Bronzes – heavy metal at the Royal Academy
Remarkably roomy for Saturday morning blockbuster at the Royal Academy. I can only guess the usual crowd see anything other than painting as beneath them. Sure, the theme is a bit oblique - the use of a single metal (strictly speaking a range of copper-based alloys) in art, but with 5000 years of art, from many cultures, there’s nothing third rate about Bronzes.
The first piece, and arguably the finest, was a 3rd C BC Greek satyr, found in a shipwreck. The audacity of the sculptor, especially in that austere classical climate, is impressive. The figure flings himself forward, hair flying. This is the sort of Dionysian art that Nietzsche saw as the origin of great art itself, still free from cooler, Apollonian rationalism. So good old metal can produce remarkable lightness of touch and movement? Well maybe.
Next up was the ‘human figure’ room with a huge black copy of Cellini’s Perseus holding Medusa’s head, looking coolly down at her dead body. He’s a hero but a killer. Next to him are three colossal figures of John the Baptist, a Levantine and Pharisee by Rustici. The curiosity and scepticism of the figures is brilliantly executed in the poses and expressions. This is where things got interesting as the medium (bronze) starts to influence the art. These are fabulous sculptures but you feel that the metal does nothing to soften the concepts.
Where you want to show safe, solid status, such as the local bigwig Lucius Mammius Maximus, found in the ash that engulfed Herculaneum, the medium is suitable austere. Look at me. I’m the man. Even Rodin’s figure, in its familiar dark brown, varnished patina, lacks lightness of being. Interesting to compare the bronze Lacoon in this show with the marble original (some think it’s a fake) in the Vatican Museum. You’d imagine that bronze would give it more life but it doesn’t. Marble enlivens the figures, bronze deadens and leadens the effect.
The Renaissance takes the classical tradition and puts its own Apollonian spin on bronze statuary. Even when Hercules is clubbing a centaur or Dionysius is sitting astride a panther, they are cool and restrained. It’s as if the cold metal forces a calm on the subject by keeping them frozen as objects. The problem is that the medium sometimes influences the message. In portraits, bronze is perhaps not as light as marble or stone in showing character and personality, apart from those hard-nosed bastards from history, such as the Bulgarian King, who looks like the psychopath he evidently was.
One room has a menagerie of animals with an astounding piece that completely dominates the room - a wild boar. It says it’s life size but this is one big boar. It sits there on its haunches and looks cute but again the beast seems tamed by the metal and lacks killer instincts.
The bronze inlaid table from Egypt looked too metallic and dense for its purpose. It was an expensive functional object that has lost touch with its use. The bronze Buddhas, far from annihilating the ego and reality confirm its physical reality. The Chinese seem to have avoided the use of bronze for figurative work and stuck to bells and vessels. In many ways this is a more honest use of bronze.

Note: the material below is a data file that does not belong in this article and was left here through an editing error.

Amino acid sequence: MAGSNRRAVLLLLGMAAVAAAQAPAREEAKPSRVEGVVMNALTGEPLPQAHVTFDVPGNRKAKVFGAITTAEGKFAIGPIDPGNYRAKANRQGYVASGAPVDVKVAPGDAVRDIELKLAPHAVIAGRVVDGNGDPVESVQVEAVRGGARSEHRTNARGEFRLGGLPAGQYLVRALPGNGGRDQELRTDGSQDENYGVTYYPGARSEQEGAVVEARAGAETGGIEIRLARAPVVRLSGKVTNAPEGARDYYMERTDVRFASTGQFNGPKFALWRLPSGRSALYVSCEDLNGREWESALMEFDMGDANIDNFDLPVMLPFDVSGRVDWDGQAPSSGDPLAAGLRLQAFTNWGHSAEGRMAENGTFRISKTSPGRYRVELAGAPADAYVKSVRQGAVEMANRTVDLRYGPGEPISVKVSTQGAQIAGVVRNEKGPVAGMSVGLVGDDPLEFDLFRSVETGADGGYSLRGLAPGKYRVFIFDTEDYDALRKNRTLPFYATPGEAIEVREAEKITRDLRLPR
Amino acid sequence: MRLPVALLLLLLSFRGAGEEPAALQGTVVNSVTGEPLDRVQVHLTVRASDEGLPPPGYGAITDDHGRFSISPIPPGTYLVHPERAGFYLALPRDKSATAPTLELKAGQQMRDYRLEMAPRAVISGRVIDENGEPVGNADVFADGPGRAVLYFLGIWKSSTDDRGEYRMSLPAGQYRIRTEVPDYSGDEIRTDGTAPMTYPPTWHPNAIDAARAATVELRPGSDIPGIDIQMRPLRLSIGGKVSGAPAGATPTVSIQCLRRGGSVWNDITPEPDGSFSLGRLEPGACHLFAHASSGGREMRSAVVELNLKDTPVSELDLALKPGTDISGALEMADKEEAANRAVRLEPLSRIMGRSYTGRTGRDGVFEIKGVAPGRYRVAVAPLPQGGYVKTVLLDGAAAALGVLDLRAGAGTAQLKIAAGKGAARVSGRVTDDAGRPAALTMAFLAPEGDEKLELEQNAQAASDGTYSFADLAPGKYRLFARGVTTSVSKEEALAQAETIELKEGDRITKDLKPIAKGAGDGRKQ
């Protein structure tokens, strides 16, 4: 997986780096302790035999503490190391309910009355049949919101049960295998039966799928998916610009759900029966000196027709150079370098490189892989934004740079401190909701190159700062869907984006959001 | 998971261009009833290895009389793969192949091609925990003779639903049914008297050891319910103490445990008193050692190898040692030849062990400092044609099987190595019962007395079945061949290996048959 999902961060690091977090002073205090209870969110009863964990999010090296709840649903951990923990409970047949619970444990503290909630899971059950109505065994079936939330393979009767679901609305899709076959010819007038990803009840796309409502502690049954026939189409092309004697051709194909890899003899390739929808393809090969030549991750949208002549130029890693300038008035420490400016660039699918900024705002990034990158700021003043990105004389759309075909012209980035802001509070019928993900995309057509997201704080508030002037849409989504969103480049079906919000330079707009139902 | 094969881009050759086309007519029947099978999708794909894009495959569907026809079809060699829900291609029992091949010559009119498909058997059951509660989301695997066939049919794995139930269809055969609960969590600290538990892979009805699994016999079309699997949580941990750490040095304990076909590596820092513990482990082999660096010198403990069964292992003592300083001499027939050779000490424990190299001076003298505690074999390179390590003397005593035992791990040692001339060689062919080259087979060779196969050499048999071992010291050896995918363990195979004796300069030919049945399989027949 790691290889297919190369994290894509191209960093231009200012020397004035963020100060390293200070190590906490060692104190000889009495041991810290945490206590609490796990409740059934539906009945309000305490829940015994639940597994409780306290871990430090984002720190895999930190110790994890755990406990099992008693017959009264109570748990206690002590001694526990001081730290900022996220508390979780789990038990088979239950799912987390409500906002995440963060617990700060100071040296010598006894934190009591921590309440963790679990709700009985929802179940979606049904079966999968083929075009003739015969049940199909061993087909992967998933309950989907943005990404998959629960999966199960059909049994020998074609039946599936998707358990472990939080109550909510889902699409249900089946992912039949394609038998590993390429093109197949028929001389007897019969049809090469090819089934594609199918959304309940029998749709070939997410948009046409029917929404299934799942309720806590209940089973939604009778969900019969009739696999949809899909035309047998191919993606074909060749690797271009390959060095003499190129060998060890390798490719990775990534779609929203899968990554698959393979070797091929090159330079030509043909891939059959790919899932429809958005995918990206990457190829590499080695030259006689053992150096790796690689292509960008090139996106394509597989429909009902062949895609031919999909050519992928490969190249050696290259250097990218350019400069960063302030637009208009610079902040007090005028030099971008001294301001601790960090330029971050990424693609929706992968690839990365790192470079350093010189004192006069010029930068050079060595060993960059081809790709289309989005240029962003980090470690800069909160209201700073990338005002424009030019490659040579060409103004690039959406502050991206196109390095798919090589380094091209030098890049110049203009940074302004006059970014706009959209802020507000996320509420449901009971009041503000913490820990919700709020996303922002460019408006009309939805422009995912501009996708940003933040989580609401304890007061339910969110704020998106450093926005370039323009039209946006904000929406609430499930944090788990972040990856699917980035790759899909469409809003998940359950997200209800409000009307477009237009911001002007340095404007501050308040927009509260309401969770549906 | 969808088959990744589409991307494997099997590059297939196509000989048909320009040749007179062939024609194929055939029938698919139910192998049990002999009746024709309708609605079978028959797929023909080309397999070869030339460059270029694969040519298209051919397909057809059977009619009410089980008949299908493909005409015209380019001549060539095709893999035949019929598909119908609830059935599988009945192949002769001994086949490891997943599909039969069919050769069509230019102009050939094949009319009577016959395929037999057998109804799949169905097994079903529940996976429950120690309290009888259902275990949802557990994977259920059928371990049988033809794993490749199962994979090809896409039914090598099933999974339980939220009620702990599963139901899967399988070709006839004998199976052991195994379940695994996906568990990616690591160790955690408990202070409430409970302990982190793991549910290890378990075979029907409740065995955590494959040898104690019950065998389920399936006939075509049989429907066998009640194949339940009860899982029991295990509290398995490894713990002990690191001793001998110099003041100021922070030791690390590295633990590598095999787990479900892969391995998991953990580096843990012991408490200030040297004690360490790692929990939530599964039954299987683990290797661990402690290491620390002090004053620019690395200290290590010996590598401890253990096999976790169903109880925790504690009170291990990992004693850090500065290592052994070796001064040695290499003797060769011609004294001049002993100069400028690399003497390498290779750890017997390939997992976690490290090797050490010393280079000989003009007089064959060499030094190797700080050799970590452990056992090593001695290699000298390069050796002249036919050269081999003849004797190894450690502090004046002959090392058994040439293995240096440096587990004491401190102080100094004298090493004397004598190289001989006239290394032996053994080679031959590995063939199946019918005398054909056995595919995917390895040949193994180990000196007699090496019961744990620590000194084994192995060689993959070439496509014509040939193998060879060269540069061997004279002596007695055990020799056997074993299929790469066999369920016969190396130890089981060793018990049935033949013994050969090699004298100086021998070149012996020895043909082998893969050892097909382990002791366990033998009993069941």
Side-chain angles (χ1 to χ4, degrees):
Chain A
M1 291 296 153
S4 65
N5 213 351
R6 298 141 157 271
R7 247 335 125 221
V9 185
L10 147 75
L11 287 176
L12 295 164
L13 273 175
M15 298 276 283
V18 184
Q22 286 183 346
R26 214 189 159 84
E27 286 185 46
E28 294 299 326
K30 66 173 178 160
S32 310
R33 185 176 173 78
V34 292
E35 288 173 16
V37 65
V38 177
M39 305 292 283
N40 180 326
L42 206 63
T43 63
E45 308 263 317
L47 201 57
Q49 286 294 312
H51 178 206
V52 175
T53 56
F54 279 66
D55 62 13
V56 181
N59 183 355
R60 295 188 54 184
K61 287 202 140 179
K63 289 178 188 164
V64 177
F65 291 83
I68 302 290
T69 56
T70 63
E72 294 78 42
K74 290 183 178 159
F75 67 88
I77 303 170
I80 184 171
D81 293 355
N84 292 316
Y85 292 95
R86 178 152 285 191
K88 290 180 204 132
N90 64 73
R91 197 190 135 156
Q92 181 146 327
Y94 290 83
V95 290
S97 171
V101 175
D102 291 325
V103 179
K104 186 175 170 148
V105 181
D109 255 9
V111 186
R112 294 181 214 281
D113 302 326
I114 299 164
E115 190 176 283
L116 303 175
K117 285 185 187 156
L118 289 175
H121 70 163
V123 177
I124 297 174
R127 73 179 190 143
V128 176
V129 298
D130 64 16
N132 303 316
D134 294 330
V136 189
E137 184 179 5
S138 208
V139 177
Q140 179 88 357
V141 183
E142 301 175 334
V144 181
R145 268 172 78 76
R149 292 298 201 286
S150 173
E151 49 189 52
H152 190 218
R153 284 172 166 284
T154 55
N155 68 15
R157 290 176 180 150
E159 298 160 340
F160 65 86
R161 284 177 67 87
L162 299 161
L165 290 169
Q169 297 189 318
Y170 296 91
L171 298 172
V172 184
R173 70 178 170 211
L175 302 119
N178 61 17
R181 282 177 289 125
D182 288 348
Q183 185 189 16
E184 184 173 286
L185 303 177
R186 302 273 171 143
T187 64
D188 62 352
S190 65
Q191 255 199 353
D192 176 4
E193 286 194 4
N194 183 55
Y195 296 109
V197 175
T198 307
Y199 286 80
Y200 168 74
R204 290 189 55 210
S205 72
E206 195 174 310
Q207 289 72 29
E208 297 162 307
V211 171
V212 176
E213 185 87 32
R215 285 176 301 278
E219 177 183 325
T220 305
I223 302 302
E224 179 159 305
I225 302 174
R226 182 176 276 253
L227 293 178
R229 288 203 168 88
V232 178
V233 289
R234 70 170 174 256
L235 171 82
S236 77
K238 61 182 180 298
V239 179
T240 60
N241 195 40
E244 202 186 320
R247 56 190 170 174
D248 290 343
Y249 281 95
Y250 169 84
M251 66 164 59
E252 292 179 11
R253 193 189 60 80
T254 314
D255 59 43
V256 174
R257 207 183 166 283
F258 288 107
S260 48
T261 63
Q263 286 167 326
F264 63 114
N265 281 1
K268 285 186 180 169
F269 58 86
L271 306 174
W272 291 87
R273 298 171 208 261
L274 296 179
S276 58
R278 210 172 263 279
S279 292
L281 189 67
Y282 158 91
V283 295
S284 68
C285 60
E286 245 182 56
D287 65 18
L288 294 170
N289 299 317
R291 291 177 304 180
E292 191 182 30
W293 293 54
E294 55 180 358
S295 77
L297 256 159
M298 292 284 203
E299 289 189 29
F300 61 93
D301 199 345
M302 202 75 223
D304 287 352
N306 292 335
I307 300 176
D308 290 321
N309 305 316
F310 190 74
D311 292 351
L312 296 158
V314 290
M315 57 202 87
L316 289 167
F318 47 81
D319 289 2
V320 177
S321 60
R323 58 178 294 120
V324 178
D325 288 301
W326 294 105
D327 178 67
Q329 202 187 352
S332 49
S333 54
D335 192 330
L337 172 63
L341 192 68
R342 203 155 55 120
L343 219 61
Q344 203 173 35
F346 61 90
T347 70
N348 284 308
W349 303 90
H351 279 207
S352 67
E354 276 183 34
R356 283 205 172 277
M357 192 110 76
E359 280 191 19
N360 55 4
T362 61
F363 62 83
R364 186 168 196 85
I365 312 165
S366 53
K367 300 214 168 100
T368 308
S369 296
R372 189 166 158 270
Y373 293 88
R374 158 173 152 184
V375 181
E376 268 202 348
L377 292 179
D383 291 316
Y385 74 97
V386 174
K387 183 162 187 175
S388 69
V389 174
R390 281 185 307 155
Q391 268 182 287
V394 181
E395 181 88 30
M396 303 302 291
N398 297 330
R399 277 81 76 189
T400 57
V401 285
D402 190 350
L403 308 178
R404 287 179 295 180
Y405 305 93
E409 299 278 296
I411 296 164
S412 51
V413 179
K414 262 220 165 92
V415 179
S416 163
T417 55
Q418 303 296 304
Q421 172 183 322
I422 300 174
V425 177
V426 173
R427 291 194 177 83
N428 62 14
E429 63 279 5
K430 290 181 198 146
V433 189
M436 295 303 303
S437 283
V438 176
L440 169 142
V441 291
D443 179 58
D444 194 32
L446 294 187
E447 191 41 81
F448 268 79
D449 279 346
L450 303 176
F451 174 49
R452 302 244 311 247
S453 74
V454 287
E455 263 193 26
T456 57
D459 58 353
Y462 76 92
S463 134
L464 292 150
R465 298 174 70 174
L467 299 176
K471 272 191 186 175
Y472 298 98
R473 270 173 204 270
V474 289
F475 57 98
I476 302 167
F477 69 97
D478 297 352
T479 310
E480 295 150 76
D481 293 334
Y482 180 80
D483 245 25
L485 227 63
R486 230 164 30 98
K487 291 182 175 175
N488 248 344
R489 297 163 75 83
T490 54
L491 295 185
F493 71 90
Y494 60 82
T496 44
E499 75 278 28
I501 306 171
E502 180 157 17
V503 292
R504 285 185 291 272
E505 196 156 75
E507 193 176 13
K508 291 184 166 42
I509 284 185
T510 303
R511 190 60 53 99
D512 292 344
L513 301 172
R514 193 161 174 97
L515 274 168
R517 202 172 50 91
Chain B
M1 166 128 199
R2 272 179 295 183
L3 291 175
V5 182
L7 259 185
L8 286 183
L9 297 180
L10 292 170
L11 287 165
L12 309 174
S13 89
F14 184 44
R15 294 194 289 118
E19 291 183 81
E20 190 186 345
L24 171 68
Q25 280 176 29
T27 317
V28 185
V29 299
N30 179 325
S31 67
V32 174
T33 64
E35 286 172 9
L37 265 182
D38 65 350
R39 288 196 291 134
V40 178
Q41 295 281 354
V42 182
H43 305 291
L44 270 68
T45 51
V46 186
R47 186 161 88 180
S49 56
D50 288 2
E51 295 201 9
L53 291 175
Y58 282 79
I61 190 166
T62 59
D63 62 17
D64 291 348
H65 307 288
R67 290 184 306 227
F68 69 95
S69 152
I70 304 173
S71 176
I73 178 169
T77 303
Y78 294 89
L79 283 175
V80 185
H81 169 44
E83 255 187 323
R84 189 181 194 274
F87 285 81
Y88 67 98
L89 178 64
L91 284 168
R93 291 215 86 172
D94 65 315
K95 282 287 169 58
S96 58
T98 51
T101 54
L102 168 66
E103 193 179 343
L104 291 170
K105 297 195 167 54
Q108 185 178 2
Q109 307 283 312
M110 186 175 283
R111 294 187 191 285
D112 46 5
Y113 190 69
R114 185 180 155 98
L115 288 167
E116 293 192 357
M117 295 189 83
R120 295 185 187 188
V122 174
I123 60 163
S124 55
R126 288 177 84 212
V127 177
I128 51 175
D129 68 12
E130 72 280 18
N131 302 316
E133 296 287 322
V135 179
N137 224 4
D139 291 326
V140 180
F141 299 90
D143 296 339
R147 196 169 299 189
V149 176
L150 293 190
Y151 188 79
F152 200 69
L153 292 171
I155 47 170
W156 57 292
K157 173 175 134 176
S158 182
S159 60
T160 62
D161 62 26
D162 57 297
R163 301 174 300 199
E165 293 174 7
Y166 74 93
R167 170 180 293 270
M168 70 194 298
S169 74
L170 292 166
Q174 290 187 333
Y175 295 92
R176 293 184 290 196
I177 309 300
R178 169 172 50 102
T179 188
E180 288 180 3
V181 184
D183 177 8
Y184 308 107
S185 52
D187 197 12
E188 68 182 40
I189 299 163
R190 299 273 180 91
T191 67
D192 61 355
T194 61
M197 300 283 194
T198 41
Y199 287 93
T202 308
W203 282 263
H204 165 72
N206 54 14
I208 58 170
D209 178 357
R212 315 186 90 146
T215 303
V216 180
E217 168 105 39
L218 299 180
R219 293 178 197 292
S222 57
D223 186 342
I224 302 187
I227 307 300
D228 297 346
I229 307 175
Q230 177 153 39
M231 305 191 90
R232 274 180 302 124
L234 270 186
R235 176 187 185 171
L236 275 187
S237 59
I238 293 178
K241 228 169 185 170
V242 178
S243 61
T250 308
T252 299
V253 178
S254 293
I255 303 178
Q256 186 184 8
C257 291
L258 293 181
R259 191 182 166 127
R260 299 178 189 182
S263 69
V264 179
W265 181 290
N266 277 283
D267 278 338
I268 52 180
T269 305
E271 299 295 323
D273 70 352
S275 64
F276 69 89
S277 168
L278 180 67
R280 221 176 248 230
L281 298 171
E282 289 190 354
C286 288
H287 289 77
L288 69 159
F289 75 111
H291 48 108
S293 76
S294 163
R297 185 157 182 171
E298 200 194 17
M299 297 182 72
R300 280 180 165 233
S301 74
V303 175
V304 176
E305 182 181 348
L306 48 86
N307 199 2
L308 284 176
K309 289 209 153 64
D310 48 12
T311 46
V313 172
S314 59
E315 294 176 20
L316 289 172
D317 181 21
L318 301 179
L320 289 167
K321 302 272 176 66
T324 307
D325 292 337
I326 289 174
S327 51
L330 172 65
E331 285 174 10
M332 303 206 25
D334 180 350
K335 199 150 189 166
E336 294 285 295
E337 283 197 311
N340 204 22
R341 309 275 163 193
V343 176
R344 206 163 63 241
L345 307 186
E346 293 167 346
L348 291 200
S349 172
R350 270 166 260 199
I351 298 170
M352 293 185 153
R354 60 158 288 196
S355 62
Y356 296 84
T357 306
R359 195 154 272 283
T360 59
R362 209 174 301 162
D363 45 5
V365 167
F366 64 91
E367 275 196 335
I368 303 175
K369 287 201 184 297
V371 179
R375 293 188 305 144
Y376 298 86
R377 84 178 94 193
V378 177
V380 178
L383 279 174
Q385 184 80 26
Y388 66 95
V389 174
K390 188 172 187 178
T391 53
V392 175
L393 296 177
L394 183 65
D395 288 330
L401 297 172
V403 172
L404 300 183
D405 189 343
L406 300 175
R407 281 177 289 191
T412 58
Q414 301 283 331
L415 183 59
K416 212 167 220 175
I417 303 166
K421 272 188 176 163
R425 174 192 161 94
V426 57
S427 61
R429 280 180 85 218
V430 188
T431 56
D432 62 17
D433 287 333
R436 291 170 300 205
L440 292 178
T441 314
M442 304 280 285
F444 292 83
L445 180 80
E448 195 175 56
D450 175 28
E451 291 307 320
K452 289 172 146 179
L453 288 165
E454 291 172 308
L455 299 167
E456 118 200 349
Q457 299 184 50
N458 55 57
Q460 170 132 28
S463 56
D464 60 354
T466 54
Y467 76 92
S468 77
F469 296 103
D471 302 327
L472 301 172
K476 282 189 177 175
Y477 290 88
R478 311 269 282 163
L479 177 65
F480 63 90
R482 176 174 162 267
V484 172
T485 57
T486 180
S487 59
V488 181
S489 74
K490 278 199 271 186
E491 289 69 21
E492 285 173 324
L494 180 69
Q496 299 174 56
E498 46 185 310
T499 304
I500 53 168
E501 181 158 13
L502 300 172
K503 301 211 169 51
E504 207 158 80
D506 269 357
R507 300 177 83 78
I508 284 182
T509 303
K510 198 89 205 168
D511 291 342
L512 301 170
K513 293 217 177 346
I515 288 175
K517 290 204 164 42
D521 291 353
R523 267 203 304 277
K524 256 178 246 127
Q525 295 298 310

Take Jeff Koons basketball, tucked away but within hand’s reach it made you want to try to lift it. Koon uses the metal effect to good effect in making its matt blackness suggest weight. Jasper John’s Ballantyne beer cans were similarly rooted to the table. These guys know that a medium automatically infers qualities, separate from the work itself. Other modern pieces make the pieces look unintentionally heavy.
The one fabulous exception to my hypothesis is Remington’s masterpiece ‘Off the range’, four cowboys fly forward on their galloping horses. It’s four guys whooping it up at full pelt on their trusty steeds, shooting off their guns and leaning back and forward on their saddles. This is back to the Dionysian spirit that metal sculpture can inspire, as there’s no way this could have been made in marble. Only six of the sixteen horses legs are on the ground, the others suspended by the strength of the metallic structure. This is a man who saw that structurally, the strength of bronze could enhance his vision.
OK was anything missing? Sure, I’d have liked to have seen some bronze age axes, surely the real origin and rise of bronze objects was worthy of inclusion. I’d also liked to have seen more Greek masterpieces. But quibbles aside, there is a problem in just juxtaposition. A little expert exposition on why some cultures made full size, naked figures and others pots and bells would have been welcome. Each room and theme needed a little more relevant and enlightening explanation. Suffered from a little metal fatigue at the end but only because I spent so much time gawping.